Hemifacial spasm is an involuntary contraction (spasm) of the muscles on one side of the face. This chronic constricting condition can become almost permanent over time and evolve into a disabling disfigurement and social embarrassment. Learn more about the condition, its diagnosis and the different treatment options available.
Despite the many similarities between the two, hemifacial spasm is not a dystonia. The distinguishing characteristic of hemifacial spasm is the involuntary contraction of the muscles on the side of the face innervated by the facial nerve (forehead, eyebrows, eyelids and the angle of the lips and mouth). It usually starts with occasional twitching of the eyebrows before spreading to the other facial muscles on the same side of the face, and to the superficial muscles in the neck.
Symptoms and impact on health
The condition develops gradually, starting with twitching around the eye, which then spreads to all areas on the same side of the face – cheek, lips and chin – and the neck. Patients can develop the fairly characteristic “facial grimacing” where the eye appears to wink, the side of the mouth is stretched, the forehead contracted and one eyebrow raised. Some patients also hear a clicking noise on the affected side, which is caused by contraction of a small ear muscle during the spasm.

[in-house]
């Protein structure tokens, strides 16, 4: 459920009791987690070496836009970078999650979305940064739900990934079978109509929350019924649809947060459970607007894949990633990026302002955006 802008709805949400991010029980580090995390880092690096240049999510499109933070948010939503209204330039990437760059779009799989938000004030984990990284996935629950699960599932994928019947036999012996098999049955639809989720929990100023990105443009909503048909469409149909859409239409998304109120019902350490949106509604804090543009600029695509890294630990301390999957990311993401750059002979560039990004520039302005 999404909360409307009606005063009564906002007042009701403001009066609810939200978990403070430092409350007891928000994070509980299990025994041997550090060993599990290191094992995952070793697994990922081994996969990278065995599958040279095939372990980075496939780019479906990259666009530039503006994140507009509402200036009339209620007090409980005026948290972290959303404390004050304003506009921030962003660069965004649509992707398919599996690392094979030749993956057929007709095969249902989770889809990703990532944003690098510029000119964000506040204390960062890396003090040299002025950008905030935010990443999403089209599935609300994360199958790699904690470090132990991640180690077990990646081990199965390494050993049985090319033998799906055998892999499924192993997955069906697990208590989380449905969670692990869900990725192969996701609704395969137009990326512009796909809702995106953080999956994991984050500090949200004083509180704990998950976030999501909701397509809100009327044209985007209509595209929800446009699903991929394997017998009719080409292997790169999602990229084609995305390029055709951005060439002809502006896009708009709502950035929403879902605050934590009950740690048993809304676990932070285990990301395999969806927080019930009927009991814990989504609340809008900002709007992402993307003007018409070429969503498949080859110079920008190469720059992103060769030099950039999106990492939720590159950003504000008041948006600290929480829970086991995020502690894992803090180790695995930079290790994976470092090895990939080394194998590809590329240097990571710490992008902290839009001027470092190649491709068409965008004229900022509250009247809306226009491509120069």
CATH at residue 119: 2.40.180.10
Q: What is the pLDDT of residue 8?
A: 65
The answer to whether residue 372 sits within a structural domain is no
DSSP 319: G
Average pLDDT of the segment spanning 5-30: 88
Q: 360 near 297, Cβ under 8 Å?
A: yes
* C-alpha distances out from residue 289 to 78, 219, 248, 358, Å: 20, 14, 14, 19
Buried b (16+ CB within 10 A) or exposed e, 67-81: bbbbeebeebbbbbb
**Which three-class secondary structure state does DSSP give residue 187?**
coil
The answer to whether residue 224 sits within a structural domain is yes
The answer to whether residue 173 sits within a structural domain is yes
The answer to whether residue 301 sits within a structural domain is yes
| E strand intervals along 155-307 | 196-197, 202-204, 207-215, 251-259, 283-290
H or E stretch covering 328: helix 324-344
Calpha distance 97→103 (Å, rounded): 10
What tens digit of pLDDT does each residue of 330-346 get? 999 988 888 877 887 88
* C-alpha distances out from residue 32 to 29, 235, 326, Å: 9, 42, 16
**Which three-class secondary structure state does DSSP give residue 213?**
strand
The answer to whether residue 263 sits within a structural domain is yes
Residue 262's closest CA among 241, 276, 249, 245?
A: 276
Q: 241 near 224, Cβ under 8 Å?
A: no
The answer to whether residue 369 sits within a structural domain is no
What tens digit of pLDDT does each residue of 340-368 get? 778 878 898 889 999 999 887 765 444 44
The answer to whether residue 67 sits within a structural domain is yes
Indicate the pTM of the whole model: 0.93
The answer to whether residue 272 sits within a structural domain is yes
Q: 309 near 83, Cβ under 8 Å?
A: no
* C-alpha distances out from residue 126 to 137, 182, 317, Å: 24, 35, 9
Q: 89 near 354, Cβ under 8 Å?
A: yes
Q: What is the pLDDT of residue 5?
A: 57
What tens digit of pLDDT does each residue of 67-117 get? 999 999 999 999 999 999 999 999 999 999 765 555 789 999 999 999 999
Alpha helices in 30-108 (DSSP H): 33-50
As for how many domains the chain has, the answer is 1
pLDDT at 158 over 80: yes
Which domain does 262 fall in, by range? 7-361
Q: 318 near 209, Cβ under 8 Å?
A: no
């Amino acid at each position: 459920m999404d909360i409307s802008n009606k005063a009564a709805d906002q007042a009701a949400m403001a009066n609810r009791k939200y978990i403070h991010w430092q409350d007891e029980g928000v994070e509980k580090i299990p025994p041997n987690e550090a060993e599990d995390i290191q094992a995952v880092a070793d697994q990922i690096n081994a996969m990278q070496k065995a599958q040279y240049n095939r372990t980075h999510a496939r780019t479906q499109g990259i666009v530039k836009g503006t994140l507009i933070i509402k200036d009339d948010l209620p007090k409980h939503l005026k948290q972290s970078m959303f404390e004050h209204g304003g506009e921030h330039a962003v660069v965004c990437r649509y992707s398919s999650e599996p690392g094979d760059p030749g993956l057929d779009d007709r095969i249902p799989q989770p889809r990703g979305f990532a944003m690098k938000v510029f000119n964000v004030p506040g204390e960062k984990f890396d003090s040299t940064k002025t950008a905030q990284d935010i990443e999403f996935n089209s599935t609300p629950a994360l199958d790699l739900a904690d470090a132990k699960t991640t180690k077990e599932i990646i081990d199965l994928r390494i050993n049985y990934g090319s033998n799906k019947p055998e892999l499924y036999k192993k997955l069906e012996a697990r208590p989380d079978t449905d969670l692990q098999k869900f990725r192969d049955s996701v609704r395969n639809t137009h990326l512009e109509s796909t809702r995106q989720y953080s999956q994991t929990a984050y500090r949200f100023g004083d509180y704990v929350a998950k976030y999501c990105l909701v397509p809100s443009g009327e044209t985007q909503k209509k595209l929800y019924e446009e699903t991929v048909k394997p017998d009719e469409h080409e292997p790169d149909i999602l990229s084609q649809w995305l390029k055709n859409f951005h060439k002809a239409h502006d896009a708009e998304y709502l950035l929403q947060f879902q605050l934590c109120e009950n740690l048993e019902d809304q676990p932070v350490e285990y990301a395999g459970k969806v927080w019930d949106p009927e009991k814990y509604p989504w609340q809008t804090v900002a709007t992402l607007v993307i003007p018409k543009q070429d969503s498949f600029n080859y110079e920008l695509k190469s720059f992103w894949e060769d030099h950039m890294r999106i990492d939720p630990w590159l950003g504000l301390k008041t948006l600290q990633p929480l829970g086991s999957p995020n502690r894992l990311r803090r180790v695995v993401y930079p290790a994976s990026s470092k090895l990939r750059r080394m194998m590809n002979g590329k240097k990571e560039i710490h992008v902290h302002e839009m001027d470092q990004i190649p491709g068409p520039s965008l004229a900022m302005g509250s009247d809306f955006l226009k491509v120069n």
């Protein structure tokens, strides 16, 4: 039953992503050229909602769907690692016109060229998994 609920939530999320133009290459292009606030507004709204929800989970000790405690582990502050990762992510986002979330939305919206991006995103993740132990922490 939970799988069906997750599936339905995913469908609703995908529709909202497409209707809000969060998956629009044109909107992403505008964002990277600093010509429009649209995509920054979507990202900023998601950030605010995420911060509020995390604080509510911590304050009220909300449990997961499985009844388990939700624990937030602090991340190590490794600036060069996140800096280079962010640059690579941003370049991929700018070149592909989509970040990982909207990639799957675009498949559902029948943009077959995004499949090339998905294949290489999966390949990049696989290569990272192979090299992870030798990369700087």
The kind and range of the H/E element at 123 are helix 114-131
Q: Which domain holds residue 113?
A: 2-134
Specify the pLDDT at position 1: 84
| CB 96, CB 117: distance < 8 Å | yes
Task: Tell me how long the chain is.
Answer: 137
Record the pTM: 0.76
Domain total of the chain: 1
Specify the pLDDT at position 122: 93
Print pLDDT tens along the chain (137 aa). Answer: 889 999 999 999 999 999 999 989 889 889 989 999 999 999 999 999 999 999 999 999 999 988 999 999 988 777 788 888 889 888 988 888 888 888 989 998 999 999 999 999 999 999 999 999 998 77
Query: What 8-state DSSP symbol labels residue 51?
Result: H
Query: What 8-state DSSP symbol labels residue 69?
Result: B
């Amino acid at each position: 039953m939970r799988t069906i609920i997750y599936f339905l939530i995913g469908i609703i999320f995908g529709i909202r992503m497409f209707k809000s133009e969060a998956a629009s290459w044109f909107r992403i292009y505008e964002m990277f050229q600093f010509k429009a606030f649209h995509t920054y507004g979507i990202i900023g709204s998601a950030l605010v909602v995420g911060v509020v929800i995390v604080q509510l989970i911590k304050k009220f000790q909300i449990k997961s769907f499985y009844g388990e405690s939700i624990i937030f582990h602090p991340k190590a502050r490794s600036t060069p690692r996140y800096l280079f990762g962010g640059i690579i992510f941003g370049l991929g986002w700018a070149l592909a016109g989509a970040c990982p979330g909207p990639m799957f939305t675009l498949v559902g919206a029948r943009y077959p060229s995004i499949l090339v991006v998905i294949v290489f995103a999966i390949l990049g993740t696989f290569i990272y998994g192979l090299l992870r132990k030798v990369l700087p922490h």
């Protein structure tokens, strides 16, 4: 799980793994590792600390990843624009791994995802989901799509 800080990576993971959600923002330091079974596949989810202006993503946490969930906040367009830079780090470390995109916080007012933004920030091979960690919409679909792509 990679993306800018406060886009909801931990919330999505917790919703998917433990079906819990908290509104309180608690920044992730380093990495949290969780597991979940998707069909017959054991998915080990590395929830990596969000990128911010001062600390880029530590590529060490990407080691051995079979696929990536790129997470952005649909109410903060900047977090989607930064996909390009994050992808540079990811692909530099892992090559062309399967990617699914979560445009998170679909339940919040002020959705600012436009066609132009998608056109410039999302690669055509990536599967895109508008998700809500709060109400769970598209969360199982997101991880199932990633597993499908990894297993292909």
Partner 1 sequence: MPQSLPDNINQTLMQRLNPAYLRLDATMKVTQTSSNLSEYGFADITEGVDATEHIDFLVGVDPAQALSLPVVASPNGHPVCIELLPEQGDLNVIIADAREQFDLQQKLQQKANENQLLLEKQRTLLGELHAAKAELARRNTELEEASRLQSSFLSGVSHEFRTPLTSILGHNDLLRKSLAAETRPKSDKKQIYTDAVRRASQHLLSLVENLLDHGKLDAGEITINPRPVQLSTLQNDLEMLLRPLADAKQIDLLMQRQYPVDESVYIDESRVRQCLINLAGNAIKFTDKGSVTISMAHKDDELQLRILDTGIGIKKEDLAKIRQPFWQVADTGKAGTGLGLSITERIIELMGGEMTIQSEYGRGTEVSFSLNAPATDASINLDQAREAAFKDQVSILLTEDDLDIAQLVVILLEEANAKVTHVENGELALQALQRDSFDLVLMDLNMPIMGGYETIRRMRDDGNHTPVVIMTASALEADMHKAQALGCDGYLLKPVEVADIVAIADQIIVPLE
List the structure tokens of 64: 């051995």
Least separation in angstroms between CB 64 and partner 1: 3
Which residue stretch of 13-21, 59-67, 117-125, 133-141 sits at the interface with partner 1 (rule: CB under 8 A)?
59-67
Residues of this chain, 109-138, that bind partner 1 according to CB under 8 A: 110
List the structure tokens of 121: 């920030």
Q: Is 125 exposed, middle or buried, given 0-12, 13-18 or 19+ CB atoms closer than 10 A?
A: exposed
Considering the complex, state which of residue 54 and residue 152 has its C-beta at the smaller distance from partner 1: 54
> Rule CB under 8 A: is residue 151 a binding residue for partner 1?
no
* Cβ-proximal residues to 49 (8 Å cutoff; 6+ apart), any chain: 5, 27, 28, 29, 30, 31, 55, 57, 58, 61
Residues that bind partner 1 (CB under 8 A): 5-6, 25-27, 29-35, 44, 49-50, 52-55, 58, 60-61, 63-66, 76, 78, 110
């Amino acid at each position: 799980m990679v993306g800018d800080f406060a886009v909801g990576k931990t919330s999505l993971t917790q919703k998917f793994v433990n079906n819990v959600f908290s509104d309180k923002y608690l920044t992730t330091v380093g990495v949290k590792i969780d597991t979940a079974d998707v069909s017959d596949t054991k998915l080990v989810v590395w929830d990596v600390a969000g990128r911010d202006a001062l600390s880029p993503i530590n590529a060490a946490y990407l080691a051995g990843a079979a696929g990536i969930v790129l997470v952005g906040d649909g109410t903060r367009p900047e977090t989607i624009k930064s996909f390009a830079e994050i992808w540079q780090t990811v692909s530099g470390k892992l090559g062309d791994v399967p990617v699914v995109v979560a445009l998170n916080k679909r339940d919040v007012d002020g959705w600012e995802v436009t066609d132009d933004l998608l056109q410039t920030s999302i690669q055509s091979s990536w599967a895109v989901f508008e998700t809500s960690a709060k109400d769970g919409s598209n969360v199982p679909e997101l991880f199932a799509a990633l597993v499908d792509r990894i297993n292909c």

At first, these uncontrollable muscular contractions are rare and come and go quickly. Periods of remission are possible, but the spasms tend to become more frequent and prolonged over time and lead to a practically permanent facial disfigurement that may even affect the vision in one eye. Day-to-day, fatigue and stress can make the symptoms worse, and they generally persist during sleep.
Hemifacial spasm can have a disabling effect on patients’ daily life, both in terms of their vision and social relations, because of the grimacing it produces.
Hemifacial spasm is caused by a lesion of the facial nerve. Where it exits the brain stem, the nerve is compressed by a blood vessel or a tumor, or it has been damaged by a trauma or by the after-effects of facial paralysis. Although these causes are not uncommon, it can be difficult to identify the trigger.
Hemifacial spasm generally appears between the ages of 50 and 70 and is more common in women than in men.
Generally appears between the ages of 50 and 70
More common in women
Brain MRI to aid diagnosis